First State Super and VicSuper launch merger talks to create A$117bn superfund

A merger would create country’s second-biggest superfund, behind only AustralianSuper and ahead of QSuper.

Superannuation funds First State Super and VicSuper have begun exploratory talks on a possible merger that would create Australia’s second-largest superfund with around A$117 billion ($83 billion; €74 billion) of assets under management.

VicSuper said that discussions were in the early stages. “We’re just exploring opportunities at this stage,” the company said in a statement. “Neither fund has made any decisions to merge and there’s no obligation to proceed.”

If the merger does go ahead, it would combine First State Super’s approximately A$75 billion of AUM with VicSuper’s A$22 billion. The total AUM would rise to around A$117 billion when factoring in the A$20 billion from StatePlus, the financial planning arm of New South Wales’s State Super, which First State Super acquired in 2016.

This would place the combined fund behind only AustralianSuper in the list of the country’s largest superfunds. AustralianSuper had A$145 billion of AUM as of June 2018 according to the Australian Prudential Regulation Authority. QSuper at this point had A$103 billion of AUM, and would be Australia’s third largest superfund if First State Super and VicSuper were to merge.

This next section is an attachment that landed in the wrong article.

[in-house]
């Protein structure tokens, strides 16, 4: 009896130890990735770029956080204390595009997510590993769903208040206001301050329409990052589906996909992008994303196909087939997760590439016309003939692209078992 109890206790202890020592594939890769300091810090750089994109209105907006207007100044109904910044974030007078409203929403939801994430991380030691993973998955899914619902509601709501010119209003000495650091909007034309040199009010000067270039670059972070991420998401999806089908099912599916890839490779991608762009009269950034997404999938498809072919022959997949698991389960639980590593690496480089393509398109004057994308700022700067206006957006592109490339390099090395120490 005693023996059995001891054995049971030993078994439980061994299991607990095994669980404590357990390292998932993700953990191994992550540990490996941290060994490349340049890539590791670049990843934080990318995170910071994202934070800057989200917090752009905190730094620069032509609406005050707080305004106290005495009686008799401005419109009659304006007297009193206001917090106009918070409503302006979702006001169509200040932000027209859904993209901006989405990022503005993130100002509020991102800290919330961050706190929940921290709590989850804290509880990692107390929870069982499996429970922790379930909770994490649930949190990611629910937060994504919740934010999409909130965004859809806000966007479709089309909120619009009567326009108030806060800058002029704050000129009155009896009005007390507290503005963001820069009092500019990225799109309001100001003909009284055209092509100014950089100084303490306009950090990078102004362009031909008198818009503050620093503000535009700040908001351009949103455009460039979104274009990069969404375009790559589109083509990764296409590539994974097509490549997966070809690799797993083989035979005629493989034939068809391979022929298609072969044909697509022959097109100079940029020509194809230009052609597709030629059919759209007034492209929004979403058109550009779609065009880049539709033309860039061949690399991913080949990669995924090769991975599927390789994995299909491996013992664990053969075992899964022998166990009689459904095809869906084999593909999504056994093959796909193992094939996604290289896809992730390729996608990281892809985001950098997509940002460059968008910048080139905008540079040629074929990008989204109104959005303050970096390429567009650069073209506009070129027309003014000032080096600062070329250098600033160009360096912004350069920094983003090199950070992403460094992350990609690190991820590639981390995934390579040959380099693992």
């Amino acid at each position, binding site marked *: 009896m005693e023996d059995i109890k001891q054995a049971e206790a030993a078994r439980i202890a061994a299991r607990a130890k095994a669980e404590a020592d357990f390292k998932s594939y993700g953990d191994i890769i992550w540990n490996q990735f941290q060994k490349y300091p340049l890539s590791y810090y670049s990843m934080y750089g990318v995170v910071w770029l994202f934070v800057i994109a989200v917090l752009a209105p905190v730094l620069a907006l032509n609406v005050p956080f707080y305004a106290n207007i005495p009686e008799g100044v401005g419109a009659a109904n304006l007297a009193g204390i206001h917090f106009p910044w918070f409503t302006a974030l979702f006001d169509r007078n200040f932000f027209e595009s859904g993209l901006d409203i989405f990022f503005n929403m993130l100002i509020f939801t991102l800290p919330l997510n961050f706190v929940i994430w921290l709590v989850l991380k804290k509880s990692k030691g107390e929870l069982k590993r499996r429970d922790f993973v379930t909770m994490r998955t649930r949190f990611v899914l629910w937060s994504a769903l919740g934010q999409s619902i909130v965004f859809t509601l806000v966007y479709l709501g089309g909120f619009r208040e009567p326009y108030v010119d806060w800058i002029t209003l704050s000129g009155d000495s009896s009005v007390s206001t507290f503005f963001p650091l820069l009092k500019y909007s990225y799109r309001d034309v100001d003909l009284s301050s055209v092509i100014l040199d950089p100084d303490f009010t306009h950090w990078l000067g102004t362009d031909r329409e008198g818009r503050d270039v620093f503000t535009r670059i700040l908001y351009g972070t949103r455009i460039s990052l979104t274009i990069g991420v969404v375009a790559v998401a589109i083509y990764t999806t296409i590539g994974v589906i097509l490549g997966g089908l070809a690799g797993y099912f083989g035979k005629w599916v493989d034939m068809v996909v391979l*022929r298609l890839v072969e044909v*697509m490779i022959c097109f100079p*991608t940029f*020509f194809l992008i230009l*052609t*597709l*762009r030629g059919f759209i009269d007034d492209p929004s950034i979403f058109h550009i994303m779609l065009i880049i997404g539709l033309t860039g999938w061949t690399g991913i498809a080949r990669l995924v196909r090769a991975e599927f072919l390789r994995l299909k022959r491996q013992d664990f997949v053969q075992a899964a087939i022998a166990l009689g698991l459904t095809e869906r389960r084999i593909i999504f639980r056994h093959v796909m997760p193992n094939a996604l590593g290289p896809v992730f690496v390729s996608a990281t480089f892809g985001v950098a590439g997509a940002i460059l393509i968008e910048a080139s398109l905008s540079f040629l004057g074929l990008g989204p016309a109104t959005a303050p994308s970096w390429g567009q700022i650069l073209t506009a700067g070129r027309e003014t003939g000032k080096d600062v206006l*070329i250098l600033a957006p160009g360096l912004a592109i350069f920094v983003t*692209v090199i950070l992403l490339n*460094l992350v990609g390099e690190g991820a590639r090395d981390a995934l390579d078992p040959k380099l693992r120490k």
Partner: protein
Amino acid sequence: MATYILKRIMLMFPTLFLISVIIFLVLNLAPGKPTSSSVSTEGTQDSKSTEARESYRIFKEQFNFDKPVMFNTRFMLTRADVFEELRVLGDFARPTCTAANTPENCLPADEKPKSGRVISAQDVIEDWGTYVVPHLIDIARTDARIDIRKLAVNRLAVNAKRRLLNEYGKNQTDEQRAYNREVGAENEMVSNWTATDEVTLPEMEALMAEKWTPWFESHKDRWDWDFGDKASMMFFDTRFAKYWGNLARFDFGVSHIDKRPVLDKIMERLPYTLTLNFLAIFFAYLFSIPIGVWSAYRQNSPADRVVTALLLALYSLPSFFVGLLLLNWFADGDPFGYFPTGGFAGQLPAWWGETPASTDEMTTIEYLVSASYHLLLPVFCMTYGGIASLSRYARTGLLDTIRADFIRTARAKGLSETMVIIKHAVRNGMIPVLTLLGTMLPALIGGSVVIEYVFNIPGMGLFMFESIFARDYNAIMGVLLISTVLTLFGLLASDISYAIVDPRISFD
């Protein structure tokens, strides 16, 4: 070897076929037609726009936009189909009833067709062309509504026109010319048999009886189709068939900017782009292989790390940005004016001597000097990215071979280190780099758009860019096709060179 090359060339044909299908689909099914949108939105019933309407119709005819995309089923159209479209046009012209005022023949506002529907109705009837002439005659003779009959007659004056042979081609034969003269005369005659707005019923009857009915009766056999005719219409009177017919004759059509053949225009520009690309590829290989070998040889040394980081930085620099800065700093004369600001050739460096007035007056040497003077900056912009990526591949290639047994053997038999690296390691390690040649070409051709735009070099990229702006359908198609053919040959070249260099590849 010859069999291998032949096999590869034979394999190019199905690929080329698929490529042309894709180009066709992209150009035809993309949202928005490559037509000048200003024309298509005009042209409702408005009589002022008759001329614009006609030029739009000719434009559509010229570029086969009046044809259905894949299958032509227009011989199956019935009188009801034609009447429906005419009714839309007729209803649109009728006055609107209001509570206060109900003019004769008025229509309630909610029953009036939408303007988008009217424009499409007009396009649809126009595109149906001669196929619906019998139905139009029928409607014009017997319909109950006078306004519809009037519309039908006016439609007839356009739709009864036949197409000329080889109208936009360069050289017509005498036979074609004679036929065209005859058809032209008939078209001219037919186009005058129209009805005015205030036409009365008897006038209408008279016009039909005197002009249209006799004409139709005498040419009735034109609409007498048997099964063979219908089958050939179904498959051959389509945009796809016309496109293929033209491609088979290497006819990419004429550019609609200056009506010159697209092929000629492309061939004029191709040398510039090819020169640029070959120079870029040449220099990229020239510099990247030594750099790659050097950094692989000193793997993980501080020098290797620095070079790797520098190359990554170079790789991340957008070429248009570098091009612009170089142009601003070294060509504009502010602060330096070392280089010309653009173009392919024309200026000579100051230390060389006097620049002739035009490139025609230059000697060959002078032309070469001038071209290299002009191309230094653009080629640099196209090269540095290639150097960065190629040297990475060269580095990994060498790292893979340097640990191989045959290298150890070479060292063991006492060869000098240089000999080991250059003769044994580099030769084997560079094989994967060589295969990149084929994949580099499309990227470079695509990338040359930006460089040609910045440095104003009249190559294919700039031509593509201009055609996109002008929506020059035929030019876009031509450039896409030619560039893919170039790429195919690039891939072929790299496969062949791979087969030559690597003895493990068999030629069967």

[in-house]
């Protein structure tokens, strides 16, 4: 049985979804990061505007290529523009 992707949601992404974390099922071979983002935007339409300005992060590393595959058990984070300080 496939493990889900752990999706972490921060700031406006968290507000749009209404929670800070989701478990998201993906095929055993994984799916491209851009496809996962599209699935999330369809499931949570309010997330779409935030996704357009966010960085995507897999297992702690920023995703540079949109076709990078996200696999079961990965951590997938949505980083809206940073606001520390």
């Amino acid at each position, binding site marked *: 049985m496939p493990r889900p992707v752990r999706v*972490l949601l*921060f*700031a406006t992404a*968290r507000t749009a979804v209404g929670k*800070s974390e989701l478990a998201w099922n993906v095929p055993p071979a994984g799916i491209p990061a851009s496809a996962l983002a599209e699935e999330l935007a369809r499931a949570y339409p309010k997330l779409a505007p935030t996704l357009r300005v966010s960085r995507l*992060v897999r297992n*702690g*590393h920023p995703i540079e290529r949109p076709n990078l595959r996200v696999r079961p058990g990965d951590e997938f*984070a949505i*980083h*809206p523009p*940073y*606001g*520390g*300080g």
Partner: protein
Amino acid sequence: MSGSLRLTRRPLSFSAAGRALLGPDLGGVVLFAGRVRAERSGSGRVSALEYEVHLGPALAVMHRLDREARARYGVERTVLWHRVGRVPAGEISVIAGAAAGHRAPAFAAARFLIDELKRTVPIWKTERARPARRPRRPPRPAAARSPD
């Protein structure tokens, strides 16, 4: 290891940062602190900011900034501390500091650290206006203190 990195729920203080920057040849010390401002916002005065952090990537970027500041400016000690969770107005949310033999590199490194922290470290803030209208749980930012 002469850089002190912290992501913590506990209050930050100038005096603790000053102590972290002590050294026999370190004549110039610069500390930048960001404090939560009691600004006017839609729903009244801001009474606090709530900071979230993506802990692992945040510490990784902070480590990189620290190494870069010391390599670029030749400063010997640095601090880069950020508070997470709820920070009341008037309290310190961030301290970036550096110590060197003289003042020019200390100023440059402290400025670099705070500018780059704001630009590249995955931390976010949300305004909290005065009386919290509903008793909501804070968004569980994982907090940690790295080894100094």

Speaking to Infrastructure Investor in October 2018, First State Super infrastructure portfolio manager Mark Hector said the fund was likely to participate in mergers as the sector began to consolidate further.

“We know that there are scale benefits to underlying members from some of the larger funds,” he said. “First State Super was part of the [previous] largest merger in Australian super history with Victorian Health Super, so I would anticipate that there would be some more consolidation in the sector and more mergers in the coming years, and I would expect that First State Super, as one of the largest superfunds, would probably partake in that as well.”

VicSuper CEO Michael Dundon said: “Merging with First State Super would enable us to achieve greater benefits of scale, including access to a broader range of investment opportunities and an even greater ability to generate strong, sustainable returns over the long term.”

First State Super CEO Deanne Stewart said that initial talks had shown the funds were closely aligned in terms of culture and had much in common.

A merger would give the combined fund greater clout to build up its exposure to unlisted assets.

First State Super has built up a team, headed by Hector, to invest in infrastructure and agriculture. The fund has also made significant moves into land registry assets. In 2018, it acquired the state of Victoria’s land registry for A$2.06 billion, having acquired a stake in New South Wales’s registry the previous year.

Hector said last year that the fund had a target allocation of 5-6 percent in real assets, including infrastructure, water and agriculture. The allocation was just under 5 percent at the time.

VicSuper is also a long-time investor in infrastructure and agriculture. It has a direct investment mandate with Palisade Investment Partners and has previously invested heavily in water entitlements in the Murray-Darling Basin in south-eastern Australia.